117 F.2d 428 (1st Cir. 1941), 3588, Boston & M.R.R. v. United States
|Citation:||117 F.2d 428|
|Party Name:||BOSTON & M.R.R. v. UNITED STATES.|
|Case Date:||February 04, 1941|
|Court:||United States Courts of Appeals, Court of Appeals for the First Circuit|
Richard W. Hall, of Boston, Mass., for appellant.
Alfred G. Malagodi, Asst. U.S. Atty., of Boston, Mass. (Edmund J. Brandon, U.S. Atty., of Boston, Mass., on the brief), for appellee.
Before MAGRUDER and MAHONEY, Circuit Judges, and FORD, District Judge.
MAGRUDER, Circuit Judge.
Boston & Maine Railroad appeals from a judgment of the District Court, 30 F.Supp. 721, assessing a statutory penalty against it for violation of the Cruelty to Animals Act, 34 Stat. 607, 45 U.S.C.A. §§ 71-74. This Act forbids carriers to confine animals in cars for a continuous period in excess of 36 hours without unloading the same into properly equipped pens for rest, water and feeding, 'unless prevented by storm or by other accidental or unavoidable causes which can not be anticipated or avoided by the exercise of due diligence and foresight. ' Any railroad which 'knowingly and willfully fails to comply' with this requirement is subject to a penalty of not less than $100 nor more than $500. Material parts of the statute are copied in the footnote. 1
Trial by jury was waived. The facts as agreed upon between the parties and as found by the court are as follows:
'On December 3, 1936 the defendant received a carload of sheep at Mechanicville, N.Y. for transportation to Somerville or
Boston, Mass. The animals at that time had been confined continuously for 22 hours without unloading for feeding, water, and rest. The car left Mechanicville in the defendant's train at 8:27 p.m. on December 3, 1936. The statutory period was due to expire at 5:50 a.m. on December 4. 2 There was therefore approximately 9 1/2 hours of available running time to make the run to Boston. The average running time from Mechanicville to Boston is 8 1/2 hours and the scheduled running time is 8 hours and 45 minutes. An inspection of the train before departure from Mechanicville disclosed it to be in good running condition. No delays were encountered until the train reached Ayer, Massachusetts, where an inspection revealed that the brakebeam on one of the cars in the train was broken and down; there was a delay of 35 minutes repairing the brakebeam. After the brakebeam was repaired, the engineer started the train to Boston. A conductor was standing on the ground waiting to swing onto the caboose as it passed him. When the caboose reached him the conductor could not get on it, because of the speed of the train and the icy footing. Consequently, the train passed the conductor leaving him on the ground. At some point beyond Ayer, it was discovered that the conductor was not on the train and the train was then stopped and backed up to pick him up. This resulted in a further delay of 40 minutes. The car arrived in Boston at 6:05 a.m. on December 4th and was placed for unloading at 6:30 a.m., 40 minutes beyond the period allowed by the Statute.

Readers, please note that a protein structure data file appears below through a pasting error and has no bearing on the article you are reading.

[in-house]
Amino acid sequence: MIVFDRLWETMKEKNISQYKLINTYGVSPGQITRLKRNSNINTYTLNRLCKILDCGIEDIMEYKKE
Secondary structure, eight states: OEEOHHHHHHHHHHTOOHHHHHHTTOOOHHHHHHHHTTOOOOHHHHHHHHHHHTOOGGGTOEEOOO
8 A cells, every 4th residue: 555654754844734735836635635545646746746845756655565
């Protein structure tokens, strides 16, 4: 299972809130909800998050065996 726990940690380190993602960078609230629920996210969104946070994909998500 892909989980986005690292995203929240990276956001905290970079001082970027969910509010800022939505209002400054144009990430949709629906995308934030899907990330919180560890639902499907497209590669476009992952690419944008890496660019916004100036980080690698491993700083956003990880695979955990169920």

All the defendant's requests for specific rulings of law were granted by the court. The error charged is that the court below denied defendant's motion for judgment, and ruled, upon the contrary, that the carrier had 'knowingly and willfully' failed to comply with the statute, thereby entitling the United States to judgment for the penalty.
It may be conceded that the delay for the time necessarily consumed in repairing the brakebeam was, in the language of the statute, one of those 'accidental or unavoidable causes which cannot be anticipated or avoided by the exercise of due diligence and forewisht '. Chicago B. & Q.R. Co. v. United States, 8 Cir., 194 F. 342; United States v. Boston & Maine R.R., 1 Cir., 99 F.2d 635. However, this would be no excuse for failure to unload the cattle within the 36-hour period unless such delay prevented the train from reaching Boston in time to comply with the statute. But despite the loss of 35 minutes repairing the brakebeam, it appears that the train could still have arrived in Boston in time enough, had not the subsequent additional delay of 40 minutes occurred due to the return trip to Ayer to pick up the conductor. As it was, the car was placed for unloading in the yards at Boston 40 minutes beyond the statutory period, which was exactly the amount of delay that had been occasioned by going back for the conductor. Since (as provided in Section 1) the time consumed in the actual operation of unloading is not counted in computing the 36-hour period, United States v. Northern Pac. Terminal Co., C.C., 186 F. 947, 949, it thus appears that the railroad would have just got in under the...
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